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How did I land the most unexpected job ever, without a resume or an interview? That's what a recent article in Scientific American Mind explored, to help uncover how technology like social media and psychological testing is redefining the traditional job search.
The Social Media Connection
I am a self-professed social media addict. That's what set me on a non-traditional path to apply for a social media manager position with the San Francisco 49ers. Oh wait, I never submitted a job application or prepared a resume. After I crashed the Dallas Cowboys training camp and recorded a video of myself cheering like the true fan I am, I posted it to my blog and wrote about my passion for social media — and for the 49ers. The little stunt didn't land me a job with professional sports but did put me in the spotlight of an up-and-coming startup company in Uzbekistan. Pretty soon, I was on my way to launching Modera, a fashion and lifestyle website, and app with a team from Uzbekistan and Sacramento.
Technology is redefining the traditional job search as employers search online data, including LinkedIn, Facebook and Twitter account to gain insight. The traditional resume isn't dead yet, but the way people are searching for jobs is — and so is the way companies are screening potential candidates.
The New Job Search
The abundance of information online means job candidates are empowered to research companies, keep up to date on the latest technologies and make personal connections quickly. Even people who have secure jobs are using LinkedIn to get their skills endorsed by others in the industry and could be recruited by any company in any location at any time.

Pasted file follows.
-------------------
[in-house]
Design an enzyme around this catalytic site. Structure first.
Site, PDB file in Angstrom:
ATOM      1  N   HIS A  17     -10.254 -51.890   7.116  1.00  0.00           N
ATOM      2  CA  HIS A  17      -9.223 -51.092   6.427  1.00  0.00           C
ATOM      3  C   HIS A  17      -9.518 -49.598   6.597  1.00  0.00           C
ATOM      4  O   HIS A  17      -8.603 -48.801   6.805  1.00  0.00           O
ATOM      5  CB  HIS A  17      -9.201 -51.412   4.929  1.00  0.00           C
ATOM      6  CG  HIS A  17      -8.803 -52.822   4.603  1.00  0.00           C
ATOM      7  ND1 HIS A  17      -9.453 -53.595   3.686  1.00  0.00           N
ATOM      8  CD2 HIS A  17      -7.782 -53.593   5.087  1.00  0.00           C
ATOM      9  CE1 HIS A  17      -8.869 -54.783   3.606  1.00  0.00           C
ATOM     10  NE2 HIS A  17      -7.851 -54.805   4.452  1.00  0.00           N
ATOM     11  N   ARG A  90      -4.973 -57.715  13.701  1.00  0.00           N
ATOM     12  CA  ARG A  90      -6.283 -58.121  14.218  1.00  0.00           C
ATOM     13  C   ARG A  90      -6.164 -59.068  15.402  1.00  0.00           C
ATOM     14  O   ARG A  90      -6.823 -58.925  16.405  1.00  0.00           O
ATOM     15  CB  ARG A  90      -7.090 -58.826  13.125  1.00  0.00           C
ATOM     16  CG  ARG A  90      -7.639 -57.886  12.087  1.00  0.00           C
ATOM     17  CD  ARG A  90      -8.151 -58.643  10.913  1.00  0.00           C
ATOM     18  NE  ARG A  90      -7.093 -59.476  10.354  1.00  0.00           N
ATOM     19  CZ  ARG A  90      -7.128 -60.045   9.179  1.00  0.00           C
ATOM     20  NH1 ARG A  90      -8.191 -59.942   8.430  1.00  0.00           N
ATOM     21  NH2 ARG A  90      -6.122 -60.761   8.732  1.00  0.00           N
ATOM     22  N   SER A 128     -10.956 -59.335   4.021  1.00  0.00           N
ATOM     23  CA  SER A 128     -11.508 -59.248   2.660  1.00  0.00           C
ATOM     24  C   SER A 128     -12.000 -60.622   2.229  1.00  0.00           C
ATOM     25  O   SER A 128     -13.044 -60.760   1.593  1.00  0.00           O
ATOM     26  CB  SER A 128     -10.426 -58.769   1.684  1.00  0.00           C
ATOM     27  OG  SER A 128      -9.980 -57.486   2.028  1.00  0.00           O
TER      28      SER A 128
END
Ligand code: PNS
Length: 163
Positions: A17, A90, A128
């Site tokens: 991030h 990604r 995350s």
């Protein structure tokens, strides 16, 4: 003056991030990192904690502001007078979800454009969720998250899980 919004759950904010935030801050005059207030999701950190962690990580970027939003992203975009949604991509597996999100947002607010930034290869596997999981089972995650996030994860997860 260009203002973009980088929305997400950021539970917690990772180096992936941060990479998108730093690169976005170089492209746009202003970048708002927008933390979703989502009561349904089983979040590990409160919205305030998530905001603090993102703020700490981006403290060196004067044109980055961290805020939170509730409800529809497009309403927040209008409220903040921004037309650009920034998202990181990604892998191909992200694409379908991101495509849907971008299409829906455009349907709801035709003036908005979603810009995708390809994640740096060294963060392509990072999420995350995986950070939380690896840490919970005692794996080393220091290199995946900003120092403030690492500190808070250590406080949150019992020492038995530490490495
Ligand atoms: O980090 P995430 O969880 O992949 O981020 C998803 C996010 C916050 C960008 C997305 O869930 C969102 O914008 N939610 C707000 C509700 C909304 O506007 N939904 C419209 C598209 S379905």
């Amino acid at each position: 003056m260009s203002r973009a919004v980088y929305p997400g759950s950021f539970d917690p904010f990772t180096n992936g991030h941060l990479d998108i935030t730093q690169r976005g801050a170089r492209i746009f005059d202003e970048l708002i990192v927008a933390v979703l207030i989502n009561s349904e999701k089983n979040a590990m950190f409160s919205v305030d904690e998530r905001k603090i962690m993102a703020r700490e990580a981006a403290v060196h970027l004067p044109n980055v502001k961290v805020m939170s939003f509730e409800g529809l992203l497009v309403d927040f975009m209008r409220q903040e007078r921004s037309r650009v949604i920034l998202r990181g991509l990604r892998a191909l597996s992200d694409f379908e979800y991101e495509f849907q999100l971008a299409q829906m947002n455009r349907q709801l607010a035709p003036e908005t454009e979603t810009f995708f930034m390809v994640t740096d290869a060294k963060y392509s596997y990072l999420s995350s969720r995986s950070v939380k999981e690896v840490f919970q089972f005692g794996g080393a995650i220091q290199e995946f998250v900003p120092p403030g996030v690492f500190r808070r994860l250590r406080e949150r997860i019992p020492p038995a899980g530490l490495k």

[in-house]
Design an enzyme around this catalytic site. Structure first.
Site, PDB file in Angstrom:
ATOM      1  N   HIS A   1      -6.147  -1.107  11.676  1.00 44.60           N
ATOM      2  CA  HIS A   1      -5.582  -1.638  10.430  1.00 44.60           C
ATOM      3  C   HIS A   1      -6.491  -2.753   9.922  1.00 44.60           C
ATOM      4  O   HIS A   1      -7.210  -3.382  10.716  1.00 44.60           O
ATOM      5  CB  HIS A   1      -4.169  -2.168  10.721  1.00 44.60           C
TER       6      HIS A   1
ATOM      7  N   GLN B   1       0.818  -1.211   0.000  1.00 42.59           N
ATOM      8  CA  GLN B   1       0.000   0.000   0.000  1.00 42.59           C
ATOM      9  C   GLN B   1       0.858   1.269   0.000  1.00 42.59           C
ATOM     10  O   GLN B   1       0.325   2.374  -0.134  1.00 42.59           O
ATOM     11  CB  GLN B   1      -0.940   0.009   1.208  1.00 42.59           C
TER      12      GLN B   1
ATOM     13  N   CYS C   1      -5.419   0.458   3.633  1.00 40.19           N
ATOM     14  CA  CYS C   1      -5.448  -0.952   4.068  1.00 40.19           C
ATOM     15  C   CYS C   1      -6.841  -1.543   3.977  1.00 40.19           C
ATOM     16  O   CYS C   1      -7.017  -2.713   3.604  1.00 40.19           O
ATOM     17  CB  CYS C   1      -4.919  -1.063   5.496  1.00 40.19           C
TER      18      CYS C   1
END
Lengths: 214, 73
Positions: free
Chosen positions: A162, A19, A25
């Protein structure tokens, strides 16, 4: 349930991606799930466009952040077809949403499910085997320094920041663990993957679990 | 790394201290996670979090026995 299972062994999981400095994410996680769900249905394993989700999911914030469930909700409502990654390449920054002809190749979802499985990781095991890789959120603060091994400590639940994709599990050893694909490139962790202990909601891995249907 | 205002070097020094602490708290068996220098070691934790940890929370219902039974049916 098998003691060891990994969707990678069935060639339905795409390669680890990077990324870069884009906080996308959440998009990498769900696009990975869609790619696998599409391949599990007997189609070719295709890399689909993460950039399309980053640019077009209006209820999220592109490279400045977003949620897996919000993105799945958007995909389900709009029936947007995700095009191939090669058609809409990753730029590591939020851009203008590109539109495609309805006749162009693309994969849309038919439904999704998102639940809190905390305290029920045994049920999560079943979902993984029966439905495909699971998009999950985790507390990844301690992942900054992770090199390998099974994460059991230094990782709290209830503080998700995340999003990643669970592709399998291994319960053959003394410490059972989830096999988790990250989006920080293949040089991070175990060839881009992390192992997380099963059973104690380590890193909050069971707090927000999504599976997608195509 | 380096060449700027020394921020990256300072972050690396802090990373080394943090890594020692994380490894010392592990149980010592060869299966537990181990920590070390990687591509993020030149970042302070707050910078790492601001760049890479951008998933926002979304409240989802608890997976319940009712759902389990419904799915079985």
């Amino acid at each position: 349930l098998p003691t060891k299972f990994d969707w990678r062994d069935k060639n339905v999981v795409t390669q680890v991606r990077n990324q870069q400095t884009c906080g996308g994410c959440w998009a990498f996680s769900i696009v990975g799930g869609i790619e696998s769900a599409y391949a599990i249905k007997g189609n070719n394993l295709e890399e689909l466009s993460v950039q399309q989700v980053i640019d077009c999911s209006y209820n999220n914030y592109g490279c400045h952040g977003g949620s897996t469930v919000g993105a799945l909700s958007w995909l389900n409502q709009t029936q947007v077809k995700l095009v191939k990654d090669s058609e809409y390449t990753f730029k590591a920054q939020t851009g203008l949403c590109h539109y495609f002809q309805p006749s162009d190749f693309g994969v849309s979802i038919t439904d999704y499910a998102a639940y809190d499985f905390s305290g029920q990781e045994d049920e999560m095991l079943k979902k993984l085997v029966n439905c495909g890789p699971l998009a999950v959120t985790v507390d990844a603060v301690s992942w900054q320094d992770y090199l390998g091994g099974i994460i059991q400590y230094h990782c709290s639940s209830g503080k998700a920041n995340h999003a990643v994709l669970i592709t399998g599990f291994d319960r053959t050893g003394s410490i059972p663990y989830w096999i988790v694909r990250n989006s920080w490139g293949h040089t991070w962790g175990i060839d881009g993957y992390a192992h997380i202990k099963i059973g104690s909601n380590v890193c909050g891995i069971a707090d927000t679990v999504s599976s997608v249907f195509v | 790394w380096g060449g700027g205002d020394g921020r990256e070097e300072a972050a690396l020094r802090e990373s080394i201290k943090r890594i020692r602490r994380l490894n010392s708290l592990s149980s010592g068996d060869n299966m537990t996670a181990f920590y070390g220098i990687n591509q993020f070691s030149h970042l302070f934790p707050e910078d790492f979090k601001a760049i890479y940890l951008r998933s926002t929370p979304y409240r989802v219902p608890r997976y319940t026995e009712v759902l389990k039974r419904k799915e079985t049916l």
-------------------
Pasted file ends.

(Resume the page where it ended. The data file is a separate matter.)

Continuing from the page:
Social Media Screening?
Scientific American's article describes how the landscape of job searching is dramatically changing. Two-thirds of employers surveyed use Facebook to evaluate job candidates. The social media website activity is used to evaluate a job candidate's personality, behavioral traits, and social skills. But Facebook isn't the only one — employers also report using Twitter and LinkedIn. With all the new sites coming online, there is sure to be more electronic data trails to mine information from.
Beyond social media, companies who recruit want to know how potential employees will perform on the job. Are social media postings really the best way to tell? Scientific American says the personality test and the IQ test are still some of the best indicators of future job success. That's because independent research has shown that personality tests measure important traits like openness, extroversion, conscientiousness and emotional stability.
It's no doubt that employers will continue to use social media and other online activity as a way to screen the psychological and personality traits of potential job candidates. What do you think of how technology is shaping our future?